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Mobilizing the Harvard Student Vote

Harvard Residents Registered
Caroline T. Zhang

Voter registration numbers are according to the City of Cambridge. Residence numbers are according to the Harvard College Facebook. Residence registration rates were calculated as the number of individuals registered at a location relative to the number of current residents of that location

In the fall of 2012 Valentina Perez ’15 found herself working in Mather dining hall to ensure that students were registered to vote and that they were aware of the different ways their votes would count in their home state versus in Massachusetts. To some, she suggested voting in their home states because of the importance their votes could have in the presidential election. To others, she recommended registering in Cambridge, in large part because of the hotly contested race going on between then-Senator Scott Brown and current-Senator Elizabeth Warren.

Her work was part of an initiative by the Institute of Politics to maximize the number of registered Harvard students and make it easier for students to vote, which included collecting sealed absentee ballots and mailing them appropriately.

“A lot of people at Harvard are...busy,” Perez told The Crimson Saturday, adding that the bureaucratic obstacles to voting were, in her view, a large factor keeping students from submitting ballots. “A lot of what we did in H-Vote was saying, ‘Okay, the IOP can stamp your envelope…. A lot of what we did was to try to reduce the hassle.”

Now, a year later, Cambridge City Council candidate Logan E. Leslie ’16 is trying to mobilize the Harvard vote on the municipal level. Though the Harvard sophomore says that he is focusing on putting together a broad base of support across the city, many of his efforts have been focused on easing the process of voter registration in Cambridge for Harvard students and motivating Cambridge’s student population, which has historically been indifferent to municipal elections, to head to the polls on Tuesday.

Leslie’s campaign could benefit from the recent increase in the number of Harvard students registered in Cambridge, which followed from last year’s efforts to register students for the 2012 presidential and senatorial races. But some question whether he can successfully maintain student interest in such a small-scale race.

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Municipal Voter Turnout

Municipal Voter Turnout

Presidential and Congressional Voter Turnout

Presidential and Congressional Voter Turnout

“It’s just not as exciting a race as a presidential or senatorial,” said Daniel Ki ’15, director of campaigns for the Harvard College Democrats. “I think awareness is the initial issue, but now it’s a question of getting people excited enough to take the 10 minutes they need to get out and vote.”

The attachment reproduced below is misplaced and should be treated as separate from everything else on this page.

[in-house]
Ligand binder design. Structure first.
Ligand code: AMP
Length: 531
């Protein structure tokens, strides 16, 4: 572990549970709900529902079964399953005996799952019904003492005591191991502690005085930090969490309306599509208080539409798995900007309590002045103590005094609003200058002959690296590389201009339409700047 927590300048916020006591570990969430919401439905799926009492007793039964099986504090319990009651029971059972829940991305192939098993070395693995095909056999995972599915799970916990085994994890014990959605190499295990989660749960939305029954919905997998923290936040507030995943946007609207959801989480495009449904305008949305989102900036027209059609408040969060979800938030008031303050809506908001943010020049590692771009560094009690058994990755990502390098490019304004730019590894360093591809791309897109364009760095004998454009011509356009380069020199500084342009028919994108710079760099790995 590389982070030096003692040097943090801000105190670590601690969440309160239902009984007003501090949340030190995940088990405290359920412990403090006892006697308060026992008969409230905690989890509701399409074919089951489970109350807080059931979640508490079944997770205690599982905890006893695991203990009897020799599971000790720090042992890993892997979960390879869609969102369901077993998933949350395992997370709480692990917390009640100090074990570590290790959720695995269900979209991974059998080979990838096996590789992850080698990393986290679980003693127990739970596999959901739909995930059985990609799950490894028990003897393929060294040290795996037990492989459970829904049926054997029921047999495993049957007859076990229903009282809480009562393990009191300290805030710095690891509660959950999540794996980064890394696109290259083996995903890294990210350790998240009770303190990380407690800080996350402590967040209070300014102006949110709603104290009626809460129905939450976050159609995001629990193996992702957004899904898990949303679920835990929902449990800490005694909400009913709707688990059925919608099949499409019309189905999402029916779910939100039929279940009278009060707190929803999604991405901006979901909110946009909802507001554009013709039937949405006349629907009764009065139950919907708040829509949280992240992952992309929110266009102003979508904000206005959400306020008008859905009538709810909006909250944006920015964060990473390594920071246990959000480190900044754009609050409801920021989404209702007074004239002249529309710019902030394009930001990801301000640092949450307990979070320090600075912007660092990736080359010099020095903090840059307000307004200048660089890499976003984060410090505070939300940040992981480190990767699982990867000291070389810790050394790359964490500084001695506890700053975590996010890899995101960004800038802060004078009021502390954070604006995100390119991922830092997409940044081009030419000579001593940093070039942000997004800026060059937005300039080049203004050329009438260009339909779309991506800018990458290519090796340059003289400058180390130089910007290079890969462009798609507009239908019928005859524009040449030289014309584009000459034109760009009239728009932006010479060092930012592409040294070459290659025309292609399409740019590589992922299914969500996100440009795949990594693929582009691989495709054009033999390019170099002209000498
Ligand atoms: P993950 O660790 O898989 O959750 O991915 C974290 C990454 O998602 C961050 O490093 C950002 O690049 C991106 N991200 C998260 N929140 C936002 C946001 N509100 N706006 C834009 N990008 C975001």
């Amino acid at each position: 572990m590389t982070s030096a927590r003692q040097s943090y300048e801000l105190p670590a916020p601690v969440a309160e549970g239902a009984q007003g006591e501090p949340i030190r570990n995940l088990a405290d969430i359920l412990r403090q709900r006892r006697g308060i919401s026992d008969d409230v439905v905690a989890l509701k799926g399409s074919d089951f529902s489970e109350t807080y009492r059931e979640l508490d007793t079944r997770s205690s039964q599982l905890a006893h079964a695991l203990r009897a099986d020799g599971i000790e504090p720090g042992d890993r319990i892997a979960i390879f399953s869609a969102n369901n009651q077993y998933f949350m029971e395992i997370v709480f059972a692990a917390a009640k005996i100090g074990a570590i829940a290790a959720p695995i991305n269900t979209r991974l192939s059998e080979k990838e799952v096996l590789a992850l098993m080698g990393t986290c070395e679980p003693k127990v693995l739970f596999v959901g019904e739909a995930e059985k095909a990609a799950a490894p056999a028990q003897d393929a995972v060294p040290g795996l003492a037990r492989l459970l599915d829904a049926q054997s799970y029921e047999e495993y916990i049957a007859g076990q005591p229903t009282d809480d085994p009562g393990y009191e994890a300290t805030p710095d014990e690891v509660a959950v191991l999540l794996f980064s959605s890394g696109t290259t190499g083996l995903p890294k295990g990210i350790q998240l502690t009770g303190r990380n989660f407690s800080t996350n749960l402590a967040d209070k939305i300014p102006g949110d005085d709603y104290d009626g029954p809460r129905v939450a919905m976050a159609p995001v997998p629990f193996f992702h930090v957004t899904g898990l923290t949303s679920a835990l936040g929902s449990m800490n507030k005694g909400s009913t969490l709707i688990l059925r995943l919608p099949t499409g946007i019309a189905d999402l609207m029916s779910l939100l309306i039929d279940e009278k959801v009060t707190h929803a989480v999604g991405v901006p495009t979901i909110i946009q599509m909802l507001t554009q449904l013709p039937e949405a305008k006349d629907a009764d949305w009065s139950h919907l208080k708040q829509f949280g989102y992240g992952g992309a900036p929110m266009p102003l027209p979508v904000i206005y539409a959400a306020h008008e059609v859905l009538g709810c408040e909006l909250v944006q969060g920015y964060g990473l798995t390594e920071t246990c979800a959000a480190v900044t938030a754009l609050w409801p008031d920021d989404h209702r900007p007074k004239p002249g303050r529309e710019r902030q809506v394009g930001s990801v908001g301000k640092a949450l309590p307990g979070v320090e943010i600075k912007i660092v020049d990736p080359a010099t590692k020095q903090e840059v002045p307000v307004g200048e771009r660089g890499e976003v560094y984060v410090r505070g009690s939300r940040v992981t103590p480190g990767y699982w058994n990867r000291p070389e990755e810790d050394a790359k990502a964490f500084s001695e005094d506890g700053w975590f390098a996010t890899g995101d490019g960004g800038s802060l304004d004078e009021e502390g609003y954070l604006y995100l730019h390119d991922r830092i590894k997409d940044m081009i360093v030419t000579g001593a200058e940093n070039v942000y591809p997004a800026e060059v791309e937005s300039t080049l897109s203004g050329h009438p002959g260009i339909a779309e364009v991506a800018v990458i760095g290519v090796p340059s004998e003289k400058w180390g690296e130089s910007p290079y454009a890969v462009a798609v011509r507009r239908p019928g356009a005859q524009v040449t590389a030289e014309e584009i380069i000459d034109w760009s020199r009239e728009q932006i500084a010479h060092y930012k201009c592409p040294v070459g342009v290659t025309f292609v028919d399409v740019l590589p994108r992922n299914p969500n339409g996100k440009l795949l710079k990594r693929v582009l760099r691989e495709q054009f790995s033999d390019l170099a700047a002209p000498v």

COUNTING ON STUDENT VOTE

Logan Leslie is not the first candidate to attempt to bring the student voice to Cambridge City Council elections. In 2003, Matthew DeBergalis, an engineer with a Master’s degree in Computer Science from MIT, attempted to mobilize Cambridge’s student population around a campaign platform that promised better late-night transportation, the preservation of local nightclubs, and licenses that would allow businesses to stay open later.

DeBergalis won the endorsement of The Harvard Crimson’s editorial board. He said at the time that he had registered 800 students from Harvard and MIT and that 400 of those university students had pledged him their votes. In the time since then, an average of 33 people registered in Harvard dorms have voted in municipal elections each cycle, according to data from the City of Cambridge.

But when DeBergalis ran in 2003, 131 dorm residents turned out to vote in the City Council elections.

According to local political analyst Robert Winters, DeBergalis actually won enough votes to place him eighth in the first round of voting. But, because of a lack of broad-based support and Cambridge’s system of proportional representation, he came in 10th place in his attempt to win a seat on the nine-person Council.

“You still have to get transfer votes from other candidates...and no one else knew him,” Winters said. “So he just sat there while other candidates walked right by him.”

In an interview with The Crimson last month, Leslie said that he was not relying on the student vote for his election.

“You can’t count on any vote—I’m not counting on the student vote,” Leslie said. “I expect to have a strong student response, but I’m not basing my entire campaign on students.”

In addition to creating a student advisory committee, Leslie has proposed reforming zoning ordinances and licensing distribution in the city. Leslie has said that he hopes to preserve Harvard Square’s mom-and-pop stores while easing the process of opening new businesses in the city.

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